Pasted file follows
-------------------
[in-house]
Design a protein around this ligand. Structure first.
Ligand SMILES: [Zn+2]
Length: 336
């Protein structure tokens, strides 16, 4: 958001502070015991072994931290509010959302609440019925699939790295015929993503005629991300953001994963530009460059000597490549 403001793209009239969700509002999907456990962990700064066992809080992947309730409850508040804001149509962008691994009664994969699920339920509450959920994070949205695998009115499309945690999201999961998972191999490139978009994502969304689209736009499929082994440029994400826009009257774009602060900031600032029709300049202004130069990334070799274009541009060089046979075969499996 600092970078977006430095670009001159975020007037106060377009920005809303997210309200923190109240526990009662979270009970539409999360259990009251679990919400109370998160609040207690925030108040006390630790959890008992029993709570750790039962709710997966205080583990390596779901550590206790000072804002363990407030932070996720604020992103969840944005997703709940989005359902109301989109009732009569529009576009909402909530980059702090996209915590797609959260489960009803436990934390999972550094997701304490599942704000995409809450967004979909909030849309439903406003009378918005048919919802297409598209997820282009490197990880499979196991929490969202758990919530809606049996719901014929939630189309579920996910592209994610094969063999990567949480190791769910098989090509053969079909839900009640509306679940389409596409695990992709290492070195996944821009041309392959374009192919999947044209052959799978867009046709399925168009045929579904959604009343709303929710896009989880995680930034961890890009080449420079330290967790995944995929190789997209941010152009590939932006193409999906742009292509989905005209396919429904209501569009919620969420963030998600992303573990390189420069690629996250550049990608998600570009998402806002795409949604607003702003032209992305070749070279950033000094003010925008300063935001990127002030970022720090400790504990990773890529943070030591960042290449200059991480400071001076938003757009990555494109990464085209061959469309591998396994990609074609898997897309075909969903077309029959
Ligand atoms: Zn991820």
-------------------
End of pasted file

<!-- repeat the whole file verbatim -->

[in-house]
Design a protein around this ligand. Structure first.
Ligand SMILES: [Zn+2]
Length: 336
């Protein structure tokens, strides 16, 4: 958001502070015991072994931290509010959302609440019925699939790295015929993503005629991300953001994963530009460059000597490549 403001793209009239969700509002999907456990962990700064066992809080992947309730409850508040804001149509962008691994009664994969699920339920509450959920994070949205695998009115499309945690999201999961998972191999490139978009994502969304689209736009499929082994440029994400826009009257774009602060900031600032029709300049202004130069990334070799274009541009060089046979075969499996 600092970078977006430095670009001159975020007037106060377009920005809303997210309200923190109240526990009662979270009970539409999360259990009251679990919400109370998160609040207690925030108040006390630790959890008992029993709570750790039962709710997966205080583990390596779901550590206790000072804002363990407030932070996720604020992103969840944005997703709940989005359902109301989109009732009569529009576009909402909530980059702090996209915590797609959260489960009803436990934390999972550094997701304490599942704000995409809450967004979909909030849309439903406003009378918005048919919802297409598209997820282009490197990880499979196991929490969202758990919530809606049996719901014929939630189309579920996910592209994610094969063999990567949480190791769910098989090509053969079909839900009640509306679940389409596409695990992709290492070195996944821009041309392959374009192919999947044209052959799978867009046709399925168009045929579904959604009343709303929710896009989880995680930034961890890009080449420079330290967790995944995929190789997209941010152009590939932006193409999906742009292509989905005209396919429904209501569009919620969420963030998600992303573990390189420069690629996250550049990608998600570009998402806002795409949604607003702003032209992305070749070279950033000094003010925008300063935001990127002030970022720090400790504990990773890529943070030591960042290449200059991480400071001076938003757009990555494109990464085209061959469309591998396994990609074609898997897309075909969903077309029959
Ligand atoms: Zn991820």